> Debt ceiling: Democrats are likely to pass up their best chance to avoid a standoff over the debt limit without GOP votes, a move that will thrust Congress into risky territory this fall as the threat of economic ruin approaches. There will be no language on raising or suspending the debt ceiling in the budget measure Senate Democrats expect to unveil within days to advance a $3.5 trillion spate of liberal spending plans without Republican buy-in, according to a Democratic aide close to budget talks. Instead, the party is looking toward a short-term funding bill designed to avert a government shutdown at the end of September as the next opportunity for debt limit action, one top lawmaker said — an approach that would require Republican support (Politico).
> Evictions: Congress appropriated more than $46 billion in rental assistance to be delivered to struggling tenants and landlords through the states, but only about $3 billion has actually gone out. Even with a temporary ban on evictions in some locations, the crisis for tenants with a record of unpaid rent during the pandemic could recur two months from now. Lawmakers are struggling to figure out how to get billions of dollars in rental assistance to eligible tenants as fast as possible, The Hill’s Marty Johnson reports.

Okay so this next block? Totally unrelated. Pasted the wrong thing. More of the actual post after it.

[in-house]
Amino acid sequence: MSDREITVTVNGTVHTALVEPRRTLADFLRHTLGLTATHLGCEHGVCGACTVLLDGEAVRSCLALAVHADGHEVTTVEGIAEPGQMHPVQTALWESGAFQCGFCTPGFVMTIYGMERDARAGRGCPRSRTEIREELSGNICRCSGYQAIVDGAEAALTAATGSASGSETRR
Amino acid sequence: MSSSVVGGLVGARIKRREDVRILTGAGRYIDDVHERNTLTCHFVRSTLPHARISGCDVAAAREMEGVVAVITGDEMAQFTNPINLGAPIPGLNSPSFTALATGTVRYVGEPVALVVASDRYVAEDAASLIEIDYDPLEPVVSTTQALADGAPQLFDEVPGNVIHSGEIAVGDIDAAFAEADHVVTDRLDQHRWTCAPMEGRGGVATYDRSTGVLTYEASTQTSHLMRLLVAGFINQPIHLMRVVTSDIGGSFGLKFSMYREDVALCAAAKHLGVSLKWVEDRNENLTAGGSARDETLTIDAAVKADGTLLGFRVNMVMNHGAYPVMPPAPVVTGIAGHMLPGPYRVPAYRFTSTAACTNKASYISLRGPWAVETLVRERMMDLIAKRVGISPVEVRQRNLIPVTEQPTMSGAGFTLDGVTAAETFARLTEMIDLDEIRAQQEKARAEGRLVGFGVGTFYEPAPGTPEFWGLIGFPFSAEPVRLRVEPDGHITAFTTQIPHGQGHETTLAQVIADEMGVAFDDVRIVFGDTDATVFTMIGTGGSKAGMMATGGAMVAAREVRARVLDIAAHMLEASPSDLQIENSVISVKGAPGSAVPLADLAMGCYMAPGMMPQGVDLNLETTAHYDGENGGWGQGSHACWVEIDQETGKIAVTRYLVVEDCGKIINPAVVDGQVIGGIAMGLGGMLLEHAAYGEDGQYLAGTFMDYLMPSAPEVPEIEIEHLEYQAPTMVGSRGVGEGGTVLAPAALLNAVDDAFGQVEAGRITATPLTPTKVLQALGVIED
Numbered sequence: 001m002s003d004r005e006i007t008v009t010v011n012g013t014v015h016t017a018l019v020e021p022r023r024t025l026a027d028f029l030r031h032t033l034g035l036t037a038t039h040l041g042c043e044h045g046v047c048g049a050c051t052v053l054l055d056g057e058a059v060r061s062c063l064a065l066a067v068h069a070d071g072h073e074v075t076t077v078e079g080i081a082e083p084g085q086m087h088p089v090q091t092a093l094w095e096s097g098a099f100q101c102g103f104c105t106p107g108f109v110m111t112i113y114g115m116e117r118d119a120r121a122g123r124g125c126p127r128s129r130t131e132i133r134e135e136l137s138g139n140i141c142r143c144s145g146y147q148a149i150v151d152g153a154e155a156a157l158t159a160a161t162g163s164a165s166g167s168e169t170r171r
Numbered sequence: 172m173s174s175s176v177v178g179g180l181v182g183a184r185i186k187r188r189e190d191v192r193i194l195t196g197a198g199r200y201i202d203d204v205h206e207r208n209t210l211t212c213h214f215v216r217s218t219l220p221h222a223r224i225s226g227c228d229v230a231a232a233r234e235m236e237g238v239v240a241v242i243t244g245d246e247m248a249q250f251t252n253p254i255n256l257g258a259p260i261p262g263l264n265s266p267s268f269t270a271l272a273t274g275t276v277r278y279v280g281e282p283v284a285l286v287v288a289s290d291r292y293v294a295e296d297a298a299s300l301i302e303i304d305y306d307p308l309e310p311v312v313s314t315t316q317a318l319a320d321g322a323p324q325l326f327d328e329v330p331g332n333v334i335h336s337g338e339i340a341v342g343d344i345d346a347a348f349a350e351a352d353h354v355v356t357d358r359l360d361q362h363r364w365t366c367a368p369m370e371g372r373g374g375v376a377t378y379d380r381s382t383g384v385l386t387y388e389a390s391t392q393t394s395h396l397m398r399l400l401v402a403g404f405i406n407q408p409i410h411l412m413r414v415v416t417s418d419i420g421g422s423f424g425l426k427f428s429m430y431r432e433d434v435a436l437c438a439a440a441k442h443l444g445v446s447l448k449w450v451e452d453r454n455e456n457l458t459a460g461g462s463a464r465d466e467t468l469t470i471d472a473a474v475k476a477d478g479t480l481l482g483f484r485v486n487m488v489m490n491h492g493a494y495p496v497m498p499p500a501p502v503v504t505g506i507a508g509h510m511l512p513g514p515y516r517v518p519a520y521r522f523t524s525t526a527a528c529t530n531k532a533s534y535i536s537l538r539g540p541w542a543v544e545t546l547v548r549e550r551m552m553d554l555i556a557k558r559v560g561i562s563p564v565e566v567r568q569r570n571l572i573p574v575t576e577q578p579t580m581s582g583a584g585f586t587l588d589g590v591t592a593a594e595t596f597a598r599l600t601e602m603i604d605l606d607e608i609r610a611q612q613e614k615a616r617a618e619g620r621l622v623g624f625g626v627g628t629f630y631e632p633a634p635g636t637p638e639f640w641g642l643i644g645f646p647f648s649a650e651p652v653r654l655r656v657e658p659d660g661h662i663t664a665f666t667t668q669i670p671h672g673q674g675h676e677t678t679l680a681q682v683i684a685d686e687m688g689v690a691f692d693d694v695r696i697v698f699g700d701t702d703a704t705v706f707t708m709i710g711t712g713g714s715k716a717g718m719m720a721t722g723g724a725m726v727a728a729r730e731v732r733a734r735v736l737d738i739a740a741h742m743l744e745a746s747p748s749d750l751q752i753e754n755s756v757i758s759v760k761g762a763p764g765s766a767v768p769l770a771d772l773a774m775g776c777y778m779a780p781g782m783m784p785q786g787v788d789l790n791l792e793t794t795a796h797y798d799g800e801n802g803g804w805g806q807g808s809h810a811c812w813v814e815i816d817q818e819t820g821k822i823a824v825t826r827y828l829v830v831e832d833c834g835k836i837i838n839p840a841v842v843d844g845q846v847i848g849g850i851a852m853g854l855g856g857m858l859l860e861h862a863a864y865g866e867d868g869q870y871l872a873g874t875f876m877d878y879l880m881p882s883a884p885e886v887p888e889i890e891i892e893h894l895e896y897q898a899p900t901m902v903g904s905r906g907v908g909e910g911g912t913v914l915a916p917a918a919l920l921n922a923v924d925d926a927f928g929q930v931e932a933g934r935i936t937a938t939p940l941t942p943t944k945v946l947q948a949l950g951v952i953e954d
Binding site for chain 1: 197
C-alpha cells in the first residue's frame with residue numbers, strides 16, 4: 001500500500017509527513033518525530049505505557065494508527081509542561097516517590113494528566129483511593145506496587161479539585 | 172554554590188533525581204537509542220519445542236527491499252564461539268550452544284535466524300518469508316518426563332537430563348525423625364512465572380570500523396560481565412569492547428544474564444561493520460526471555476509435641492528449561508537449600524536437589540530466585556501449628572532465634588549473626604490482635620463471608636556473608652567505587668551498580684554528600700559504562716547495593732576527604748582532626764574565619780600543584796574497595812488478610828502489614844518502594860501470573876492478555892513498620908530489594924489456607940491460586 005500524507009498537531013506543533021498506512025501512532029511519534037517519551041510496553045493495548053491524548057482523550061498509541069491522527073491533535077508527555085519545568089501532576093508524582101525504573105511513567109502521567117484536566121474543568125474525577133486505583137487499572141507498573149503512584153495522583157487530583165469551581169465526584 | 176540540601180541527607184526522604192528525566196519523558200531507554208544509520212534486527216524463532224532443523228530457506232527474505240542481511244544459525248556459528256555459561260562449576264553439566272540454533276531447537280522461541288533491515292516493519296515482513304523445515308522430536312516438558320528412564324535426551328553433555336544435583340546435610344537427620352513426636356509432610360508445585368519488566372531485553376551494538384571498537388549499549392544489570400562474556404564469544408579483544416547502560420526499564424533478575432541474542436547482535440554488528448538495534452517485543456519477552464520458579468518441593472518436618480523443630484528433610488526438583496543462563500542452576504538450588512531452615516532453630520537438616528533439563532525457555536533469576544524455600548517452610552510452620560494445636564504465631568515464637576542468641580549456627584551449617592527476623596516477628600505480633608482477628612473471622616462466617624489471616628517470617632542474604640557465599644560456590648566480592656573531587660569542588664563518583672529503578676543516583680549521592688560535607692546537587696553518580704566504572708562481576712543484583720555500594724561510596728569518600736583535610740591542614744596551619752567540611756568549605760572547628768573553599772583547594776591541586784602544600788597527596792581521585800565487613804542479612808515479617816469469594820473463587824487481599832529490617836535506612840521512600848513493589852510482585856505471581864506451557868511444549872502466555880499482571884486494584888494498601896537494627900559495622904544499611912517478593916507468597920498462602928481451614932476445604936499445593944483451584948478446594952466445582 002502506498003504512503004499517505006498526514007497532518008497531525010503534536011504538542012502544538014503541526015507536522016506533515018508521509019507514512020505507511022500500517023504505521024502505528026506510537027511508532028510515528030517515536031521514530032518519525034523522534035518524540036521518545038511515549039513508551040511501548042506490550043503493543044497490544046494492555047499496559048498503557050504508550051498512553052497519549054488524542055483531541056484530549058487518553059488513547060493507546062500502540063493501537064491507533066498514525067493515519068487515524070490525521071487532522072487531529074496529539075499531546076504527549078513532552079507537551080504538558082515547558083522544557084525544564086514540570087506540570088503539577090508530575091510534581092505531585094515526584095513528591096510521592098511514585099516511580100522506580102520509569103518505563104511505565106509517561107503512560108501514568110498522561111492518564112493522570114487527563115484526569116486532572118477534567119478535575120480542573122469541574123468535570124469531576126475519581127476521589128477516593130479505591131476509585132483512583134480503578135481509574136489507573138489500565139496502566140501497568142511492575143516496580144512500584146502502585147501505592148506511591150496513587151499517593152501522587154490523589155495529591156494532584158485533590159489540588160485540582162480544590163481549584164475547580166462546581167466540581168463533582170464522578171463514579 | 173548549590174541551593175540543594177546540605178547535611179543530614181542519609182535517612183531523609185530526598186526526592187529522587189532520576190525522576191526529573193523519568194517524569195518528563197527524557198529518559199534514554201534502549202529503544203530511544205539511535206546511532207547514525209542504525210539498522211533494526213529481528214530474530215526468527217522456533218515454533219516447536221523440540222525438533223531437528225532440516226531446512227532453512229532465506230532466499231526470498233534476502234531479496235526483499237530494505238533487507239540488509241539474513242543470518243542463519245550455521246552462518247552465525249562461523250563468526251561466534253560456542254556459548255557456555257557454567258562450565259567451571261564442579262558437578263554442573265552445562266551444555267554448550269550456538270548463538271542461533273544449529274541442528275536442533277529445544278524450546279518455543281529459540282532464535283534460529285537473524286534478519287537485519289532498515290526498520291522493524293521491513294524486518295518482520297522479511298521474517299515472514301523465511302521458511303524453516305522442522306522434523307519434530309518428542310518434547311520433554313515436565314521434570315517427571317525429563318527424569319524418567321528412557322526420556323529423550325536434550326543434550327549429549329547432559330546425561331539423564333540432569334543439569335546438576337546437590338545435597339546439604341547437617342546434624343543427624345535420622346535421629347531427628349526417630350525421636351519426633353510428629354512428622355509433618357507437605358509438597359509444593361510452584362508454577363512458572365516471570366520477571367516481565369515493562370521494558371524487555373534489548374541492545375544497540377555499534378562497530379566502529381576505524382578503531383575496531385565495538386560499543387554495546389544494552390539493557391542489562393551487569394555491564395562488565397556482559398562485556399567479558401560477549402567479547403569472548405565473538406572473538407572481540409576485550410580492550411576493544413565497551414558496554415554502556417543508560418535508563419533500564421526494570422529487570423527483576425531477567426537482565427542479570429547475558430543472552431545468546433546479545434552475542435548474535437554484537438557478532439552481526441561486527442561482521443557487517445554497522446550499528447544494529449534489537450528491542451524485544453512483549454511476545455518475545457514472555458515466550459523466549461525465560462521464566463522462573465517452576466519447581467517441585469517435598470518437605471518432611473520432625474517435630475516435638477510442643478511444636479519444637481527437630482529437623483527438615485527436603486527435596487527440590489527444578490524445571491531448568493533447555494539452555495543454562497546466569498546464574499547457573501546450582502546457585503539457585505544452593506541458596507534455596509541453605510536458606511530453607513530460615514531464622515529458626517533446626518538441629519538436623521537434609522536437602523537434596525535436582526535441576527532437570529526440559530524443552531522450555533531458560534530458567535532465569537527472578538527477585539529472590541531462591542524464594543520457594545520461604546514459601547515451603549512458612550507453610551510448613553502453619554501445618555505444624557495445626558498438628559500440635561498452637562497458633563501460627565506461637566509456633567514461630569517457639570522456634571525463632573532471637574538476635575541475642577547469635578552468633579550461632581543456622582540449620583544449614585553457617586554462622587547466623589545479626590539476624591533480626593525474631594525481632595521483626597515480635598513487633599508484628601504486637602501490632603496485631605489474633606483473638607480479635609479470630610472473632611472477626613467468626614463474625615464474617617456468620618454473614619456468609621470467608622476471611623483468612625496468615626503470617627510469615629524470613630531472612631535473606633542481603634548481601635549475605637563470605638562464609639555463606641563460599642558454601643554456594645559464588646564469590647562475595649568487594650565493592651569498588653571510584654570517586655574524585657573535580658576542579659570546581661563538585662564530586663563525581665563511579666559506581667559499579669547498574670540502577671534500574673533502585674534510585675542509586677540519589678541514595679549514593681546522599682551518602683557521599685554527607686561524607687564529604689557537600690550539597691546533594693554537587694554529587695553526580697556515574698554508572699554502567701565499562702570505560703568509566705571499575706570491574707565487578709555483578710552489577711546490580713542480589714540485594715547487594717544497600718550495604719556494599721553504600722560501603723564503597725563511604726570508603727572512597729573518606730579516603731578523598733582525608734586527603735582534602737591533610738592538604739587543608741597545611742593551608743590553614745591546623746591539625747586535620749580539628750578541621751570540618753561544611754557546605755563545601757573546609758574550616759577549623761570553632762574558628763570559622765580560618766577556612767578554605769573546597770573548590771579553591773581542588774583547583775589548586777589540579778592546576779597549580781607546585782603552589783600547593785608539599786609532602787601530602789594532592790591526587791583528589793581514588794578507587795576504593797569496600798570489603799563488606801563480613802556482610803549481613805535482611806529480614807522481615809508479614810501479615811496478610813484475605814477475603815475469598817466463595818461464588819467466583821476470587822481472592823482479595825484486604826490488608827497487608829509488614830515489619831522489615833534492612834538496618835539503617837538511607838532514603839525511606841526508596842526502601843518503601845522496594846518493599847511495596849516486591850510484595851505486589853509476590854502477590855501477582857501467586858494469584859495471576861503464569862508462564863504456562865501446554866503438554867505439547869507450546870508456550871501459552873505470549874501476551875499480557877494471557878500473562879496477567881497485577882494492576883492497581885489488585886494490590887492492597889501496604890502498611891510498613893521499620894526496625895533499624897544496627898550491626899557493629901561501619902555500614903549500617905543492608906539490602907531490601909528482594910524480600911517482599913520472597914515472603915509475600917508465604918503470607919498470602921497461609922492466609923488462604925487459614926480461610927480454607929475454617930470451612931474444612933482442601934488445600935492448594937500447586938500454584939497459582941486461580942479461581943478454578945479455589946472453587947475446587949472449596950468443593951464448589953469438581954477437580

Bloomberg News: States are under pressure to expedite stalled rent relief efforts financed by the federal government. In addition, the administration’s two-month eviction reprieve extension to Oct. 3 runs the risk of pushing a housing crisis into the fall.
The Associated Press explainer: Will the newest eviction moratorium extension under the authority of the Centers for Disease Control and Prevention keep tenants housed?
> Jan. 6 work: Leaders of the Jan. 6 committee have said they can't let the August recess halt their work and have said they are preparing to send a flurry of subpoenas in order to start gathering evidence. With questions surrounding the committee’s work, The Hill’s Rebecca Beitsch and Scott Wong explore five key ones staring down the panel, headlined by whether it will hit roadblocks in its quest for subpoenaed documents.
Additionally, it remains to be seen whether the select committee will issue subpoenas for testimony from House Minority Leader Kevin McCarthyKevin McCarthyTrump calls Liz Cheney a 'smug fool' Republican holds 11-point lead in Ohio race to replace Stivers: poll Cheney presses Republicans to back Bannon contempt vote MORE (R-Calif.) and Rep. Jim JordanJames (Jim) Daniel JordanHouse GOP leaders urge 'no' vote on Bannon contempt Cheney presses Republicans to back Bannon contempt vote GOP's embrace of Trump's false claims creates new perils MORE (R-Ohio) (both pictured below), as both have confirmed that they spoke with former President TrumpDonald TrumpTrump announces new social media network called 'TRUTH Social' Virginia State Police investigating death threat against McAuliffe Meadows hires former deputy AG to represent him in Jan. 6 probe: report MORE on Jan. 6. However, subpoenaing lawmakers can be a complex issue as it could create a political circus, one expert said.